Reviewed by: David Graves
The Message of the Person of Christ, by Robert Letham. IVP Academic, 2013. Paperback, 264 pages, list price $20.00. Reviewed by OP pastor David Graves.
Robert Letham's The Message of the Person of Christ is part of the Bible Speaks Today series from InterVarsity Press. Letham's subject matter is the Christ, not the second person of the Trinity as such. While some may see this as a distinction without a difference, the point is that Letham traces the Bible's teachings on the mediator of redemption, not on the ontology of the second person of the Trinity. He assumes the divinity of Christ and wholeheartedly confesses it, but that is not his focus in this book.
Letham's three-page introduction needs to be slowly read and savored as he sets forth an interpretive method in which belief is the starting point for reading the Bible. Such an approach is refreshing amidst the morass of critical works that seek to undermine the trustworthiness of Scripture and then try to resurrect a kernel of truth from "the abundance of chaff" in Scripture. As Letham persuasively argues:
Sadly, this obtuse refusal to see how the Bible speaks of Christ includes some who are known as evangelical. I have come to sympathize with David Steinmetz's suggestion that, in general and apart from technical matters, medieval and early modern exegesis is superior to that of the post-Enlightenment period. (p. 23)
To employ this methodology, Letham divides the book into five sections: "Christ promised," "Christ incarnate," "Christ crucified," "Christ risen," and "Christ ascended." Letham has several chapters in each section that interpret representative Scripture passages related to the theme of the section. For example, the six chapters of "Christ promised" examine Genesis 3:15; Genesis 12:1–3; 2 Samuel 7 and Psalm 110; Isaiah 7:14–17, 9:6–7, 11:1–5, and Micah 5:2–5; Isaiah 41–50; and Isaiah 52:13–53:12. Each chapter contains a theologically informed exegesis relating the passage to the progress of redemption. He also deals with the critics of each passage's messianic import. An added bonus is that each chapter is short enough to be read in one sitting in a devotional manner.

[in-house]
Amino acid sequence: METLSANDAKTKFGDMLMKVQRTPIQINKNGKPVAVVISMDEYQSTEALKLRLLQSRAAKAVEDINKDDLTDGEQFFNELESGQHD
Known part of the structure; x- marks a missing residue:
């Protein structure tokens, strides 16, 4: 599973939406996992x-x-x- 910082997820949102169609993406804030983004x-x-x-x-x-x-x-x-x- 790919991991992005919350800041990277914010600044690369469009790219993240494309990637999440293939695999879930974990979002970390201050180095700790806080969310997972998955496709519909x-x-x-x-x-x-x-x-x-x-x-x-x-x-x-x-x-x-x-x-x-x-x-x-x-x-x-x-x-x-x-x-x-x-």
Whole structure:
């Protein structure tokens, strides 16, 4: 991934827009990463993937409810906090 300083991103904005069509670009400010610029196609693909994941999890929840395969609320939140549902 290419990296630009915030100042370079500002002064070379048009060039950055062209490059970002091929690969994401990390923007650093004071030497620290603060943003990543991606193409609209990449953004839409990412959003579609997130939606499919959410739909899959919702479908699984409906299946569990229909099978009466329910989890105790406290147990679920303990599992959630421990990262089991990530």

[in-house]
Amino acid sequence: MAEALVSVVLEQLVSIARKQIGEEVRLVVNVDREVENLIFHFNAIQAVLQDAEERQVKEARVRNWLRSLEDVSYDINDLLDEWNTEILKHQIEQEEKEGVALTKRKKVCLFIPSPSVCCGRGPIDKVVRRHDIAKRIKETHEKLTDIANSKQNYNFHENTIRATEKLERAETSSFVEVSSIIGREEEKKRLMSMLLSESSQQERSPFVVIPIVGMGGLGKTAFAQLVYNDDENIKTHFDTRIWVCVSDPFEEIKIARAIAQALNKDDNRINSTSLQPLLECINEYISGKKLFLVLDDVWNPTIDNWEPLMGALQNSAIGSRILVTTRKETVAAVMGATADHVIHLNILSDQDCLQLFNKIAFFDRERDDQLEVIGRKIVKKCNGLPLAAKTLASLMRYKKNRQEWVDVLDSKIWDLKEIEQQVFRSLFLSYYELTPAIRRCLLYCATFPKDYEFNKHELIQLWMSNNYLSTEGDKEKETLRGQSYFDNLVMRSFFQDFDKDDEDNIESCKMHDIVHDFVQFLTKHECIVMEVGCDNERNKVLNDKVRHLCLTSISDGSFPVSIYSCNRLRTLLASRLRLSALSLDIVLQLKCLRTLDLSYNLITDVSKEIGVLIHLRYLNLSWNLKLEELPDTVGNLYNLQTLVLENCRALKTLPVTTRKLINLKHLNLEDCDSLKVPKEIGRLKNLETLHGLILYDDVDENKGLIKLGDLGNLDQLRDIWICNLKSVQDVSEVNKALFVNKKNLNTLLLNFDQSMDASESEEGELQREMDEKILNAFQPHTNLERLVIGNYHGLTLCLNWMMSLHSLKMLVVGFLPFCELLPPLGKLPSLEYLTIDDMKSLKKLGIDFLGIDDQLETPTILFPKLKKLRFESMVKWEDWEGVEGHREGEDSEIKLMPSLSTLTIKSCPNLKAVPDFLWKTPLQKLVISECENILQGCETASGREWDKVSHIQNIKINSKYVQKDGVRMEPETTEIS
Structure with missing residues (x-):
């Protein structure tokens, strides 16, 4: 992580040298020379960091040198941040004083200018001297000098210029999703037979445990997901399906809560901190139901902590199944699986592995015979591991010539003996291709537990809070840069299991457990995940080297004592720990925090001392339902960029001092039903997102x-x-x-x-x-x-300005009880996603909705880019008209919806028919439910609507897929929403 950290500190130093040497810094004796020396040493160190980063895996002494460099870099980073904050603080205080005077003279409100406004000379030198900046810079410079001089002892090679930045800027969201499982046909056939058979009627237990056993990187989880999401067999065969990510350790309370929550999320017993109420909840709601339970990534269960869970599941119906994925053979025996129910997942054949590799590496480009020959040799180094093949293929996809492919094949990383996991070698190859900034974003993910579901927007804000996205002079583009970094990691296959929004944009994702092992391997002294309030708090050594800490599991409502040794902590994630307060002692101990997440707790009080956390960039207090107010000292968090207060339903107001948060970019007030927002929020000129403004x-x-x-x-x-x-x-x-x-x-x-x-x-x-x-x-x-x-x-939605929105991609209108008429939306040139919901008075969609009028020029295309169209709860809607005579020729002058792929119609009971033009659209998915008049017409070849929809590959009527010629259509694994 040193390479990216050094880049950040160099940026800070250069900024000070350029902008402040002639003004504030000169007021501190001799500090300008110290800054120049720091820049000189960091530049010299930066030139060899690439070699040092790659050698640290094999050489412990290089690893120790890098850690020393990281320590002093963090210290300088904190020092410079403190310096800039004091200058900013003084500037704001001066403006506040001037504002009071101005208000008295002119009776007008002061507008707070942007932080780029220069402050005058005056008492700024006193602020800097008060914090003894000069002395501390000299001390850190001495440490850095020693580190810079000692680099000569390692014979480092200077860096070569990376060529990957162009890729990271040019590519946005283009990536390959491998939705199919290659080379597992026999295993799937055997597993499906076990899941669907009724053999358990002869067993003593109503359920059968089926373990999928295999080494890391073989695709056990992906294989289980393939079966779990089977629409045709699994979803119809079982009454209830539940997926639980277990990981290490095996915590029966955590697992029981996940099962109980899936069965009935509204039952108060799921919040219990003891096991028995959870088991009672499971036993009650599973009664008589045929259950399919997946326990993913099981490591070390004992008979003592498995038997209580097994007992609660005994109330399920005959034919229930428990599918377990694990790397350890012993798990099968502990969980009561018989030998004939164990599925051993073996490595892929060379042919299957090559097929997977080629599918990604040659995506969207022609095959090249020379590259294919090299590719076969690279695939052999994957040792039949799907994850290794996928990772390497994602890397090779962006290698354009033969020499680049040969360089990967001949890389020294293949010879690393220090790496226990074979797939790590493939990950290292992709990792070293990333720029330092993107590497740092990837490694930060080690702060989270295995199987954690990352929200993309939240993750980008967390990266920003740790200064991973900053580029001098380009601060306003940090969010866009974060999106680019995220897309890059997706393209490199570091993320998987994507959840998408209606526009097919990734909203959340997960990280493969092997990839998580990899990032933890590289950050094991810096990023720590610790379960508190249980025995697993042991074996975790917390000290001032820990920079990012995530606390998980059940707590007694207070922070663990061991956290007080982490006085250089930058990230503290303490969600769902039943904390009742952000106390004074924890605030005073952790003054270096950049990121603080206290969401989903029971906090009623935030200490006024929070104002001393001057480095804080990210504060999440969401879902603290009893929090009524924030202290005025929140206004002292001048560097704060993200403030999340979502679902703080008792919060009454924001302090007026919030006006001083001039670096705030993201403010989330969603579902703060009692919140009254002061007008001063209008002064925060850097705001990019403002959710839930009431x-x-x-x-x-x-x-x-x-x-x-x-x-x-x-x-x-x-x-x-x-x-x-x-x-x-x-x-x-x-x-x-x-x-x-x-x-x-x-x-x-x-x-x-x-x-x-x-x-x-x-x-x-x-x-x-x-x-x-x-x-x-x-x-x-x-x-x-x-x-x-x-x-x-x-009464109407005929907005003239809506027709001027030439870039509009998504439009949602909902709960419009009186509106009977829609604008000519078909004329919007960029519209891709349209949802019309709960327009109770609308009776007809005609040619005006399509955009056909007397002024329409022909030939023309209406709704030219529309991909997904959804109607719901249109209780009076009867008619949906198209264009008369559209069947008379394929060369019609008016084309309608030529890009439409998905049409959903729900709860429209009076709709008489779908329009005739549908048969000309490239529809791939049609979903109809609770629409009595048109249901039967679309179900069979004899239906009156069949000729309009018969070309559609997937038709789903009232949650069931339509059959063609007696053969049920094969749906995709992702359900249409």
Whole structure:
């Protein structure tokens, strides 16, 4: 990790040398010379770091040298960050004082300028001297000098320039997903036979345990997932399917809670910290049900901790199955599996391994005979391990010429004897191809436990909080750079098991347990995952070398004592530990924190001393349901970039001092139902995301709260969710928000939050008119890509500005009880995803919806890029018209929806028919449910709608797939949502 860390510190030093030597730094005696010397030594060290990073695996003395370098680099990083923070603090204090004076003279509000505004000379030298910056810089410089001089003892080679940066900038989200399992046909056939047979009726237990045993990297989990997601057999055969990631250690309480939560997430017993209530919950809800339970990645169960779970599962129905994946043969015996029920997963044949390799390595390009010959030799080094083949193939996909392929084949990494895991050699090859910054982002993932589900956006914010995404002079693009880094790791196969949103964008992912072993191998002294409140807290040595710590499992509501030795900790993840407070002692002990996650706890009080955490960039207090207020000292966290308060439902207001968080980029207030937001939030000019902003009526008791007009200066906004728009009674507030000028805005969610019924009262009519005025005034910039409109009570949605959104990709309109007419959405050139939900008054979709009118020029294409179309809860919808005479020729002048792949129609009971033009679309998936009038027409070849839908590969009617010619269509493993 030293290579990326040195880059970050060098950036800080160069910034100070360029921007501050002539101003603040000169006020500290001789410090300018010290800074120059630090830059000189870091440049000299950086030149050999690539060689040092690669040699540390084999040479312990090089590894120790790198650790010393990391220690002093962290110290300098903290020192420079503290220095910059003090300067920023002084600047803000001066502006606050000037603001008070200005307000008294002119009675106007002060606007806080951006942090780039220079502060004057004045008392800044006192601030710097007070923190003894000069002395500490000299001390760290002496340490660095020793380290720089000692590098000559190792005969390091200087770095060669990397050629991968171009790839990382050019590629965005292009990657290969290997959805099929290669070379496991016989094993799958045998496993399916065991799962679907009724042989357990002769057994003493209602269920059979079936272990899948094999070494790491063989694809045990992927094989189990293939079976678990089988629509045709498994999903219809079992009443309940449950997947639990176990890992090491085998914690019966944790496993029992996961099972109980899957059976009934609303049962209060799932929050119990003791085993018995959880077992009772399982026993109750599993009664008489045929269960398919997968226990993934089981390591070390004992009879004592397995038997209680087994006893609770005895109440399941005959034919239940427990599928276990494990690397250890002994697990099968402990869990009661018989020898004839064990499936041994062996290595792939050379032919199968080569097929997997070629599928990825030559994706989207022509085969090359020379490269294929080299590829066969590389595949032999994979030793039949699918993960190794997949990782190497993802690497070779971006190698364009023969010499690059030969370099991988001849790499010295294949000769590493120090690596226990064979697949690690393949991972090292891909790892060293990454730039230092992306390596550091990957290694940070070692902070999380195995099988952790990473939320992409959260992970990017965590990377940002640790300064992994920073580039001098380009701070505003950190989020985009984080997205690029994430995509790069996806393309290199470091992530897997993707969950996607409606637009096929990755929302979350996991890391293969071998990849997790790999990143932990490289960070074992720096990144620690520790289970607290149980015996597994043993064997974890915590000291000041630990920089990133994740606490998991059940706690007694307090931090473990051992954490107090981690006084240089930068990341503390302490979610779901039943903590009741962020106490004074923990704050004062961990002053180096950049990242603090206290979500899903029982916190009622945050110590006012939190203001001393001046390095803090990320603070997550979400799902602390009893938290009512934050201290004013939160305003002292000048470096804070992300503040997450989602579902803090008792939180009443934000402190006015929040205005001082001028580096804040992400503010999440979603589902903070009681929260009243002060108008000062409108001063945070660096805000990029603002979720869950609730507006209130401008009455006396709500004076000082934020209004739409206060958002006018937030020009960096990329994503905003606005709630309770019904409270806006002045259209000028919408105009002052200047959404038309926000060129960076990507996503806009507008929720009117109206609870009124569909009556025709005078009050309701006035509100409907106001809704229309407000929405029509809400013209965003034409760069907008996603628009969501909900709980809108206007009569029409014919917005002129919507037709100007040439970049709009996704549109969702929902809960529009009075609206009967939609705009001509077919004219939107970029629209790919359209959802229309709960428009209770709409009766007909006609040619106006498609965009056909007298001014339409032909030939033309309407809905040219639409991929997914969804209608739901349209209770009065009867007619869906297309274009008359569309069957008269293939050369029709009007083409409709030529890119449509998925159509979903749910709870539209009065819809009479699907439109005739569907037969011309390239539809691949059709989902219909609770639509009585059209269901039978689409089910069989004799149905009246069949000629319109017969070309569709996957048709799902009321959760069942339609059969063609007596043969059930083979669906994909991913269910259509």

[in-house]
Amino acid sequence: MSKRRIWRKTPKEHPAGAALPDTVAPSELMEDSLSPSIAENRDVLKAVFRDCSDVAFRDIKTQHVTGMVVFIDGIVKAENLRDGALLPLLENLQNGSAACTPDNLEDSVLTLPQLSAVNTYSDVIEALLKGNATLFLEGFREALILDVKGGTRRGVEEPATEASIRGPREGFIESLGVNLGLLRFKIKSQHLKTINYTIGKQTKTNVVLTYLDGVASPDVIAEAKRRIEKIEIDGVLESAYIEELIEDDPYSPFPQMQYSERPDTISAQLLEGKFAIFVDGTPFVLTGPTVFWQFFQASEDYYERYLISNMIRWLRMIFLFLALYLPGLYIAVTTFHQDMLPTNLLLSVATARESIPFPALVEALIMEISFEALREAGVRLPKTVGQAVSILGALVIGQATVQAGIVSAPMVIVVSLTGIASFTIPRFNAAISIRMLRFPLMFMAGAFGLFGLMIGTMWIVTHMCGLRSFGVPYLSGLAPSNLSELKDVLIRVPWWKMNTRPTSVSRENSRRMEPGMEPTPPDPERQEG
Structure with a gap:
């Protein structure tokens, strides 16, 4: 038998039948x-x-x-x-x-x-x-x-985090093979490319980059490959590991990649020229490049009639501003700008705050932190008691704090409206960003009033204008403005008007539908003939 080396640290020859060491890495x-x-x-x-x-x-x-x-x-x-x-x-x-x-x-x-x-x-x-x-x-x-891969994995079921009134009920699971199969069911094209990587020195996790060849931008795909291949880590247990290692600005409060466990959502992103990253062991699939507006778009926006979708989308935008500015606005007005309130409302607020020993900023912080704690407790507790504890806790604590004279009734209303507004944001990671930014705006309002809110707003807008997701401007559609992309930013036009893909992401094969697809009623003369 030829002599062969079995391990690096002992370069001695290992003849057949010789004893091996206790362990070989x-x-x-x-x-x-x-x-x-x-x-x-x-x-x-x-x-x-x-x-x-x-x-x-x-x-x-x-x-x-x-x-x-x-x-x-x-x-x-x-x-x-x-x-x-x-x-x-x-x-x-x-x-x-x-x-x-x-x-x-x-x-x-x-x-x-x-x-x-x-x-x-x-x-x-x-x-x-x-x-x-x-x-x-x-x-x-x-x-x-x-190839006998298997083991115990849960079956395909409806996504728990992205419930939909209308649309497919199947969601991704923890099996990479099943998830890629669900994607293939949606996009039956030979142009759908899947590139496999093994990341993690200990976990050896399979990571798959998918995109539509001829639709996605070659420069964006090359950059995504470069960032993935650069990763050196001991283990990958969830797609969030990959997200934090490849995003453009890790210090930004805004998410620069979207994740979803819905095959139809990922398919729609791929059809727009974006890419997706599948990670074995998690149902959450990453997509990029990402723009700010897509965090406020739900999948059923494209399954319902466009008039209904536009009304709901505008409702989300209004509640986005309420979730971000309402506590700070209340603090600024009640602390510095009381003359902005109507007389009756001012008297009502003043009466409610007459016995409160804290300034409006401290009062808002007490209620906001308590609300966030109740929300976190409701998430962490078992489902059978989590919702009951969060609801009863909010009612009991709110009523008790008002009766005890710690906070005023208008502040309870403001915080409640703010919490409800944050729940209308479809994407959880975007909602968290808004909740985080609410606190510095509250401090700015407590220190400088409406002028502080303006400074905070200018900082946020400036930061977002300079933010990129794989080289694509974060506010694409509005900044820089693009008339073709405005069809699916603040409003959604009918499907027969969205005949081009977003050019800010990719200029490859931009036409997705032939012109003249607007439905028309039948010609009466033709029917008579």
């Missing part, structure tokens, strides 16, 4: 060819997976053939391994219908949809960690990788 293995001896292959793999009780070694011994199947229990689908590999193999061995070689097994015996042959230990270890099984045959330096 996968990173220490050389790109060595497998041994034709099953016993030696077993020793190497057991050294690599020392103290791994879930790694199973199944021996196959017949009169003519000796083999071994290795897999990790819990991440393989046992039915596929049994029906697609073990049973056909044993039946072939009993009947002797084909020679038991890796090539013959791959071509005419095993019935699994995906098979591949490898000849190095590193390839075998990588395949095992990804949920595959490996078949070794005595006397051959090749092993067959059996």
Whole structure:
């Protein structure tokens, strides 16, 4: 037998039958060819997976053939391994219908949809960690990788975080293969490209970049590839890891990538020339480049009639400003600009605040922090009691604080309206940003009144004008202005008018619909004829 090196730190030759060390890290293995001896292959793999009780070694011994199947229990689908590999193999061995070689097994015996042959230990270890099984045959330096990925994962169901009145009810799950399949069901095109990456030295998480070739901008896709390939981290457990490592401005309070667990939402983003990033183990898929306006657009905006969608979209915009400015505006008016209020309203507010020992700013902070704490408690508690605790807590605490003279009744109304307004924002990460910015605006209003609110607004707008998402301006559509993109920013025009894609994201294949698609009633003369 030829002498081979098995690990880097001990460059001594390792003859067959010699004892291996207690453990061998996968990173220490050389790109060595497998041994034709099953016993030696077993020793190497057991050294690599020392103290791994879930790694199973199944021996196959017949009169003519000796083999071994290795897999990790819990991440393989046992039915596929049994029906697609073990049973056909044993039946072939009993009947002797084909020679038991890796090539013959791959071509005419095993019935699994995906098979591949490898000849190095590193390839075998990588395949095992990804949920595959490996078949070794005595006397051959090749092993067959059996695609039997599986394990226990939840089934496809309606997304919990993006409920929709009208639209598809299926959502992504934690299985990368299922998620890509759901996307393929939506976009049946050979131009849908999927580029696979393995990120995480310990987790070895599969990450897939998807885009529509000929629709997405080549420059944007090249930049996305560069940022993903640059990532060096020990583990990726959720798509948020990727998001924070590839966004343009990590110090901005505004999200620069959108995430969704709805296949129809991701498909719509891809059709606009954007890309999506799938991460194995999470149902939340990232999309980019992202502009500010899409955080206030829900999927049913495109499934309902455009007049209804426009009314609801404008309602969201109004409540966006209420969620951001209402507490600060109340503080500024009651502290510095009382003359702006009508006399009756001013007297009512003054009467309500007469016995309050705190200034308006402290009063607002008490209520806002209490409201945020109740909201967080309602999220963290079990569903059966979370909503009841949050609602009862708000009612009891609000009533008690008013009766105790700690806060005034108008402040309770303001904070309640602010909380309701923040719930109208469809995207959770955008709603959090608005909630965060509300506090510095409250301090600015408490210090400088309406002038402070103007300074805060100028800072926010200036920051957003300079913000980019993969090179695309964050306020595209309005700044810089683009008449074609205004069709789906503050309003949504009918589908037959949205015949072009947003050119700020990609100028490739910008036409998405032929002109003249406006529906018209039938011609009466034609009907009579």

There is also an appendix in which Letham examines the ecumenical councils from Nicaea (A.D. 325) to Constantinople (553). This brief retelling of the events that surrounded the early councils provides insight into the various misunderstandings that necessitated further refinement and discussion, so that the church would have a better understanding of what the Bible teaches about the Trinity in general and the nature of the Incarnation in particular.
Letham has served the church well by assembling the various texts of Scripture, and by approaching them in faith he has gone a long way toward showing forth the inestimable greatness of our Savior. This book would serve those who are new to the faith as well as the mature in furthering their knowledge of the Redeemer.
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